It’s been two whopping years since What To Tawk About was published, and in light of recent reader inquiry, we’ve decided to dust off our talking-point boots to help busy singles everywhere achieve convivial conversations.
In short, good date conversation starters can’t be answered with a simple “yes” or “no,” but are open-ended, with the power to spark a conversation that might last for hours.
To kick us off, here’s the short list:
What was the last really great book you read?
What do you enjoy doing in your free time?
What is your favorite movie, or the best one you saw lately?
Tell me about your best friend(s), why are you two such good buddies?
Do you have pets? Tell me about them.
What’s the last thing you did that surprised you?
Interesting side-note — an OKCupid analysis from 2011 reports the three most common questions long-term couples ask (and agree on), during first dates are:
Wouldn’t it be fun to chuck it all and go live on a sailboat?
Do you like horror movies?
Have you traveled around a foreign country alone?
Hmm… interesting. And if you need a refresher on what not to talk about, check out, Matchmaker Says: Just Don’t Ask.
Now to the good stuff.
Matchmaker Dorothy Stover digs in:
How do you converse with your date without it feeling like an interview? This is a very common question I hear from clients and friends. My answer is always the same:
Be a present, active listener and the conversation will flow.
Answer questions by telling stories.
What does it mean to be present? Listen. Focus on your date — not on the food, or your server, or your phone. What is the person across from you actually saying? If you ask your date how their day has been and they respond with, a little rough because of public transportation delays — notice that. Most of us have been there. Agree and be interested.
Taking Interest in someone leads to interesting conversation, and ultimately greater connection.
Share a story of yours about public transit. Storytelling opens the doorway to finding common ground. Moreover, when you share a personal story it makes your date feel comfortable to share as well.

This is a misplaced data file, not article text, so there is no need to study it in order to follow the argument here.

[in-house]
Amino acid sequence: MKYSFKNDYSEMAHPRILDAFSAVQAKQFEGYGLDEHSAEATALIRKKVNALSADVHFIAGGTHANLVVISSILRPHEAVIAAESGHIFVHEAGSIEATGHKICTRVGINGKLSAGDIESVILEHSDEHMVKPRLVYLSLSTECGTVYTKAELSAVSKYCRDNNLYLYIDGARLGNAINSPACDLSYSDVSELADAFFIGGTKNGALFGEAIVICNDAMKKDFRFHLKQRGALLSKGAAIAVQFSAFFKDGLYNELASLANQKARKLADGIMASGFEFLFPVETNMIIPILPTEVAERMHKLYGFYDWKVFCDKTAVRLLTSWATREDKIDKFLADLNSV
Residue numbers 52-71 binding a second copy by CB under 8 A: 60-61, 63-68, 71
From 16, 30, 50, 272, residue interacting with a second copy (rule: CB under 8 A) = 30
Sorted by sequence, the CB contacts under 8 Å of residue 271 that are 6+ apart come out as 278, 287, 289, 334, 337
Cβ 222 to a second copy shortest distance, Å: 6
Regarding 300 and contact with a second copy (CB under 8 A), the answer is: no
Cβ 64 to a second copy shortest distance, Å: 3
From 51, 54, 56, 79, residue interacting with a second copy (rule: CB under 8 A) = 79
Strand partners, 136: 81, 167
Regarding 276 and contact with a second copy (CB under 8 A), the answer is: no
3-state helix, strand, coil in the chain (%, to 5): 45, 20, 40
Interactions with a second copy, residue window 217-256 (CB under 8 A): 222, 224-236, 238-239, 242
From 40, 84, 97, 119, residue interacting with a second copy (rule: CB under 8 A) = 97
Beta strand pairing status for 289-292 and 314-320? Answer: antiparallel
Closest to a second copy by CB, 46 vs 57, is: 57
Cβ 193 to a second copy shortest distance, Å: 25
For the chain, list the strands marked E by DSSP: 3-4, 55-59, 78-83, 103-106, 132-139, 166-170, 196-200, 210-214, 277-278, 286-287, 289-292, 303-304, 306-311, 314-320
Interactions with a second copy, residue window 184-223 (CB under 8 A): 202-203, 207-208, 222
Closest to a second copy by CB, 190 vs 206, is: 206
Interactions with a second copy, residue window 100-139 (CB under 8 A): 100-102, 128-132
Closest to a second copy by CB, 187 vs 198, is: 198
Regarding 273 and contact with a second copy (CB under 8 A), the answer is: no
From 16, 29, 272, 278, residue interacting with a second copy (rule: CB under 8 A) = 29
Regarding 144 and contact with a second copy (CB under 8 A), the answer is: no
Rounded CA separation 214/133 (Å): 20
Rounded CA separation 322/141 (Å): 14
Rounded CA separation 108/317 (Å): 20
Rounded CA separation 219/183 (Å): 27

Also important, try to avoid replying to questions with one-two word answers. Elaborate! I’m not suggesting you ramble on unnecessarily in response to every prompt, but give a bit more than a solid yes or a no so you achieve reciprocal dialogue.
So, what do you talk about?
I have found the topic of travel to be a universal connector. Even if your date has not traveled a great deal, they have likely dreamed about where they would go. Ask them where they have been, where they are going or where they’ve always dreamed of going. If you find you share the same dreams, let them know.
The more you reveal to each other, the better.
I like to ask: What is something no one really knows about you?
This question is best asked when you’re starting to feel that intangible (and magical) chemistry building.
If they seem nervous, offer to go first. Then share something not many people (if anyone) knows about you. Perhaps a fear, a habit, something you long for, a dream or a regret. Be vulnerable and honest.
As an example, I’ll share something about myself that not many people know (but, will now!):
I have a fear of the water, but love to swim! As a young child, I exclusively clung to a friend or family member’s back when in the water. As an adult, I don’t go in the water without company. This almost certainly has something to do with the movie Jaws!
Matchmaker Remy Boyd continues:
First dates are awkward, whether you know the person or not. Finding the ideal ice breaker can be a challenge, but the goal remains — to get to know your date. For brave souls who want to delve deeper, here are my favorite questions to reveal your date’s mindset (and maybe also long-term goals).